Getting the team members to understand their place in and contribution to feedback loops is crucial because it identifies weak performers while also encouraging everyone to become more supportive of teammates who may be lagging behind.

System Dynamics Modeling Can Get Messy

Now, a word of caution. The process of creating models with the aid of system dynamics methodology is like making sausage—in a word, it’s messy. Not always, but enough so that you’ll probably want to wear latex gloves and an apron… metaphorically speaking.

How to use system dynamics

  1. Define a specific challenge or question you want to solve.
  2. Assemble a small group of your “best and brightest” from your company. Make sure they come from a variety of departments, backgrounds, and skill sets.
  3. Assign them the challenge or question. Challenge them to come up with multiple ways of solving the problem.
  4. Once they have a list of possible remedies, ask them to imagine the possible adverse chains of events that might occur from any of these solutions.
  5. Encourage them to use their own experiences in the company and their own background to imagine these consequences.

The purpose of this exercise is twofold. First, to develop potential solutions. Second, to get out in front of the unintended consequences—that is, to anticipate how implementing an idea to make things better could cause the opposite.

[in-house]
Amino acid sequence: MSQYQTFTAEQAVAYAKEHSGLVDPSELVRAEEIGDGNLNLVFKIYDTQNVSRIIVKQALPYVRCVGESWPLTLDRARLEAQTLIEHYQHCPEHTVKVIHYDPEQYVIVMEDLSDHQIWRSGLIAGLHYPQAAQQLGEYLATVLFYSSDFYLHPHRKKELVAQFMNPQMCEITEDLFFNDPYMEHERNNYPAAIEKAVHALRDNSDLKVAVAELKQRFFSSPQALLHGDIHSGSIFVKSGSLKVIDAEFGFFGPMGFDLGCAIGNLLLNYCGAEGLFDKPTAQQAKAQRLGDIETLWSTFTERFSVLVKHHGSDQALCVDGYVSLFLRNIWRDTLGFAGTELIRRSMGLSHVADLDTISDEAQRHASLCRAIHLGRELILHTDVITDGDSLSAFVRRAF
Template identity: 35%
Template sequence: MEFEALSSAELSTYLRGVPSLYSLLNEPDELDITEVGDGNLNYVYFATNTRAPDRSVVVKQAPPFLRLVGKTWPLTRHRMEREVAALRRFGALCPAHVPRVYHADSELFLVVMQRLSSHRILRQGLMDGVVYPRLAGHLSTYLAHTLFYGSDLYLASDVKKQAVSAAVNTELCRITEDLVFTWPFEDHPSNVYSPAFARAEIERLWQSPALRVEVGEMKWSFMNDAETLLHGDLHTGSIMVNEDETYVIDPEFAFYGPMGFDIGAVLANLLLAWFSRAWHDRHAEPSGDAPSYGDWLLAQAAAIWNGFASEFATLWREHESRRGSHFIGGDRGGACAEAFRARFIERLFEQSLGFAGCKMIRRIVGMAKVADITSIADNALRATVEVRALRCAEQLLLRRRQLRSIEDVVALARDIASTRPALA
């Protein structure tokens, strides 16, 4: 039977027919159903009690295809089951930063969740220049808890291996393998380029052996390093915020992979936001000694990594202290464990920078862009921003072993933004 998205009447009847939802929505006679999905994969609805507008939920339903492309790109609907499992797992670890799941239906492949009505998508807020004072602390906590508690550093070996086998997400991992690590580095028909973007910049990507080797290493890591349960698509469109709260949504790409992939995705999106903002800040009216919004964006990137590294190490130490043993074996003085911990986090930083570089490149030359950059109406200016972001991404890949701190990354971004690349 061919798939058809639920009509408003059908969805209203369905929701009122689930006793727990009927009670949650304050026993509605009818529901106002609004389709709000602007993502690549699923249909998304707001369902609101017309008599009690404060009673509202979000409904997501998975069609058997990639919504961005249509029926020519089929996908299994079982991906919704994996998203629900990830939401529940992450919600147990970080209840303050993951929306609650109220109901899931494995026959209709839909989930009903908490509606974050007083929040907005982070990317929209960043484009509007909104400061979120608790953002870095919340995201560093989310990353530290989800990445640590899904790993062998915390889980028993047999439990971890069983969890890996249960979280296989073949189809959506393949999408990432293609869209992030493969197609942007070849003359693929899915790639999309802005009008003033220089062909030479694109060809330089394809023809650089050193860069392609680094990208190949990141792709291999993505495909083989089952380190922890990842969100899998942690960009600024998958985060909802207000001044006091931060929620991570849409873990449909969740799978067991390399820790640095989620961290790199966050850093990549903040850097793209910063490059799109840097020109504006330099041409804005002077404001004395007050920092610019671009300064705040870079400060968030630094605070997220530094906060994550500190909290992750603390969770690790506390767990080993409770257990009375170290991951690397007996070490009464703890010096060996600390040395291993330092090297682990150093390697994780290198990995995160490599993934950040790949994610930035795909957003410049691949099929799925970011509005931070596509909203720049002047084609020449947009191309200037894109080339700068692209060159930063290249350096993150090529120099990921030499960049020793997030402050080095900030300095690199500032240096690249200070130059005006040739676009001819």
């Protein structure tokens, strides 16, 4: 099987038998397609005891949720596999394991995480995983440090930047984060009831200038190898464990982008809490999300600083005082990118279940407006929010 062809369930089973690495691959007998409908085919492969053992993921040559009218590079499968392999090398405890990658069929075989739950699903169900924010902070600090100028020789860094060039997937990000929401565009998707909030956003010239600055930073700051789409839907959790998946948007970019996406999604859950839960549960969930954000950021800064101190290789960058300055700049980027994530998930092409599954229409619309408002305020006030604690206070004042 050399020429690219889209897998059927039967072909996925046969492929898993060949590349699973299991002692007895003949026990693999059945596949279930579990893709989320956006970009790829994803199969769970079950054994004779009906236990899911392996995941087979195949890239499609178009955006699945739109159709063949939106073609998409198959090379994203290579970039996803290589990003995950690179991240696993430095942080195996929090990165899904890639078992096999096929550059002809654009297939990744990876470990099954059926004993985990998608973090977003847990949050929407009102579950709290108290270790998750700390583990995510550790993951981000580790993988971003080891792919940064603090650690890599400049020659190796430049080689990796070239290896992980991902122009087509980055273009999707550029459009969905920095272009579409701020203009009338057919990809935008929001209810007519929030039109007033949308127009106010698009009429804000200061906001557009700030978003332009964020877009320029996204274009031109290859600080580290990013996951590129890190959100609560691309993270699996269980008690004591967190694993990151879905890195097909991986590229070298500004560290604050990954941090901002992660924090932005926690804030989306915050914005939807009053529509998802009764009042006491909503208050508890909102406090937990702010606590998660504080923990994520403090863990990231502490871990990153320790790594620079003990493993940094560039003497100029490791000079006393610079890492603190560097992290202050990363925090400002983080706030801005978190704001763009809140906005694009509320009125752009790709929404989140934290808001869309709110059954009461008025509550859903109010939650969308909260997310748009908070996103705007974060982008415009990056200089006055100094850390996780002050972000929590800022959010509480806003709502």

Notice that I haven’t used the term “brainstorm” in relation to this ideation process. There’s a reason. I don’t believe brainstorming is productive in the context of system dynamics modeling. Here’s why.

Why I don’t like “brainstorming” (and what I do instead)

When a group of people sit down to brainstorm, their minds tend to be less than fully focused on coming up with the best ideas. They tend to be more focused on producing the most palatable ideas, the ones that will make the group happy rather than the ones that will make the company healthy.

Group dynamics get in the way. They want to impress others. It’s only natural, but those natural impulses could lead groups to settle on solutions that aren’t actually the best thing for the company.

Here’s what I do instead: Send participants to separate areas for ten to fifteen minutes, where they can think and ideate in private. This encourages free thinking and helps their inner innovator drop its inhibitions in private.

Then, I reconvene the group to share their independent solutions and anticipated consequences. However, it’s not actually the group they’re sharing those with. It is in fact me, the decision-making leader who wants and needs their input.

To make sure we capture more consequences, I ask the group to also imagine, from their perspective, consequences of the solutions from other members of the team. This allows you to see, for example, the impact of a sales-driven solution on the accounting team, and vice versa.

The Solution Hypothesis

Once you’ve collected the ideas from your team, you’re ready to develop a solution hypothesis. To illustrate how this step might unfold, let’s revisit the revenue-boosting solution mentioned earlier: a 20 percent bonus to each rep who sells 100 units in a defined 30-day period.

Thanks to your team’s input, you’ve now anticipated the Unintended Consequences of that particular solution. You’ve included a provision, stated in plain language for all employees to see and understand, that says the bonus will be nullified if the sales tactics violate the company’s code of ethics.